Quantifying the Anchor’s Weight
Turning to local politics, it seems that one of the first things to be done is to concisely show the size of the task we conservatives/Republicans face. With the latest election in the rear view mirror, the following numbers should clarify our perspective (taken from this story):
Republican State Representatives – 12 out of 75
Republican State Senators – 6 out of 38
Granted, the governor is a Republican, and two out of the state’s largest cities are run by Republican Mayors (Cranston’s Steve Laffey and Warwick’s Scott Avedesian), but the Republican “bench” is pretty thin. Dave Rogers has now failed two times in his attempt to unseat Patrick Kennedy and will have to turn to a different means to gain political legitimacy within Rhode Island. Another run would, at this point, render him bereft of all political capital.
WPRO’s Dan Yorke has commented that, individually, teachers are great people, but that collectively, when gathered beneath the union umbrella, they can be unreasonable, greedy and quite shrill. I would add that we have the same problem with our legislative representatives and senators. In a small state like Rhode Island, where everybody really does know almost everybody else, these local politicians are well-known, and well-liked, neighbors and friends. They are, generally speaking, good people. The problem is that when they gather together on the Hill, they enter the partisan echo chamber and, inevitably, these good people do bad things in pursuit of patronage and personal advancement. This is a direct result of the lack of political competition in the state.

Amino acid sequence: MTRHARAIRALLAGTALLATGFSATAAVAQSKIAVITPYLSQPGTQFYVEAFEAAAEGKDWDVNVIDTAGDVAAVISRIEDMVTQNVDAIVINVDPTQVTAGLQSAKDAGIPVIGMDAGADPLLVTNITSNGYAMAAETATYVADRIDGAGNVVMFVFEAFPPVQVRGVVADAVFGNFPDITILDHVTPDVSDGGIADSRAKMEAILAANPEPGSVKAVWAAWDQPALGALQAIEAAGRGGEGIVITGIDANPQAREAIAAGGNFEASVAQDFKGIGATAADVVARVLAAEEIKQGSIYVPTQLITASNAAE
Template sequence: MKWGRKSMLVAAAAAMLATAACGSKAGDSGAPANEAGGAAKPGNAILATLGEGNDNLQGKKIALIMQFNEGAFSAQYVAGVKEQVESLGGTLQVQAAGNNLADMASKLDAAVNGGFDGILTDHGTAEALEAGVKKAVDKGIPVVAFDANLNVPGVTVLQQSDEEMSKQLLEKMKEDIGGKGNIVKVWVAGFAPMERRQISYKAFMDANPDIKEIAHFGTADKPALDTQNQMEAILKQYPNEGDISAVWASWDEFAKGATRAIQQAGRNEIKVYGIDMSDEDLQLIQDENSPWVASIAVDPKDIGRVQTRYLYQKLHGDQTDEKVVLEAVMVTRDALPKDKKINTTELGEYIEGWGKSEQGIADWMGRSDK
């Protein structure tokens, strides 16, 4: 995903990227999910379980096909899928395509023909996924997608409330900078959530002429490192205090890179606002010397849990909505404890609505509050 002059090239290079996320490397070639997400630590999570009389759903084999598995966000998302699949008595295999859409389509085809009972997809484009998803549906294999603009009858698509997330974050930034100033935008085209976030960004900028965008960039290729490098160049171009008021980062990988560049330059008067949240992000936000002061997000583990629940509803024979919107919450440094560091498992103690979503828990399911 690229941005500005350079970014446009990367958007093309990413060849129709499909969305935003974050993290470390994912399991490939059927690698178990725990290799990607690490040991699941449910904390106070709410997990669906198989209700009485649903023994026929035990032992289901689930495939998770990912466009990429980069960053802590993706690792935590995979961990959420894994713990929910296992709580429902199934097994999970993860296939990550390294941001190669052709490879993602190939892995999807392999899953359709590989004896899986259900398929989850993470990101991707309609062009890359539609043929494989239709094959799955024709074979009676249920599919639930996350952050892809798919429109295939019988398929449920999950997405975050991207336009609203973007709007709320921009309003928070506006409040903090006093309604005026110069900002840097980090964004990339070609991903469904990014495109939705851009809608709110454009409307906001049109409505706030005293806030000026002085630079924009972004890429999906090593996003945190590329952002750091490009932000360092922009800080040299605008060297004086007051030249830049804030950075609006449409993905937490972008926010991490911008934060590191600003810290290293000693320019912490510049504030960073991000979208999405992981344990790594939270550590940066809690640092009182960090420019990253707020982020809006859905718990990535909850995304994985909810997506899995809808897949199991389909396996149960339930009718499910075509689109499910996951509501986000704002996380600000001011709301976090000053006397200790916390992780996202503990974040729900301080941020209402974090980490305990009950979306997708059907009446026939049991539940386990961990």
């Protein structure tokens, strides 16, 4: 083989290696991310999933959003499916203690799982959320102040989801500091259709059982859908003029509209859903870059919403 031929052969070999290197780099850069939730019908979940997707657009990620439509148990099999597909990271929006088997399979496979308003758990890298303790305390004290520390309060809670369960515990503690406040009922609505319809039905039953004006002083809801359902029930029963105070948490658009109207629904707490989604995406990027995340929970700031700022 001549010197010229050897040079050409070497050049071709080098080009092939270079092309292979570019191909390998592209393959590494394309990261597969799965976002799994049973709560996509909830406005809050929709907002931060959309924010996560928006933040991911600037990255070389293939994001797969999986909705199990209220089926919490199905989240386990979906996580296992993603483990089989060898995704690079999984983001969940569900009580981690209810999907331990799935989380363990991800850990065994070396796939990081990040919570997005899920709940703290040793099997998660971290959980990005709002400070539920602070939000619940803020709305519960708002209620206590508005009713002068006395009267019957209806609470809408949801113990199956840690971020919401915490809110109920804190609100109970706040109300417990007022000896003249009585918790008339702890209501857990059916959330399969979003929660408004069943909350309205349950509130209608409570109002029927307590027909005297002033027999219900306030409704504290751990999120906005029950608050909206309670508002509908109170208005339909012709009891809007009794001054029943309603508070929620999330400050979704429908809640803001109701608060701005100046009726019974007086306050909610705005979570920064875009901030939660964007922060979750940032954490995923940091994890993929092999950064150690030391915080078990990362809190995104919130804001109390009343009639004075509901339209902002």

I suppose many have concluded that the Republican party in Rhode Island is simply too inept, at this point, to be of any practical political value. That may be so, but for those of us who still believe that the Republican party is the last, best vehicle through which real change can be realized in this state, it is up to us to contribute and participate in a Rhode Island Republican Renaissance. Right now it seems like a dream. It will take hard work to turn that dream into reality.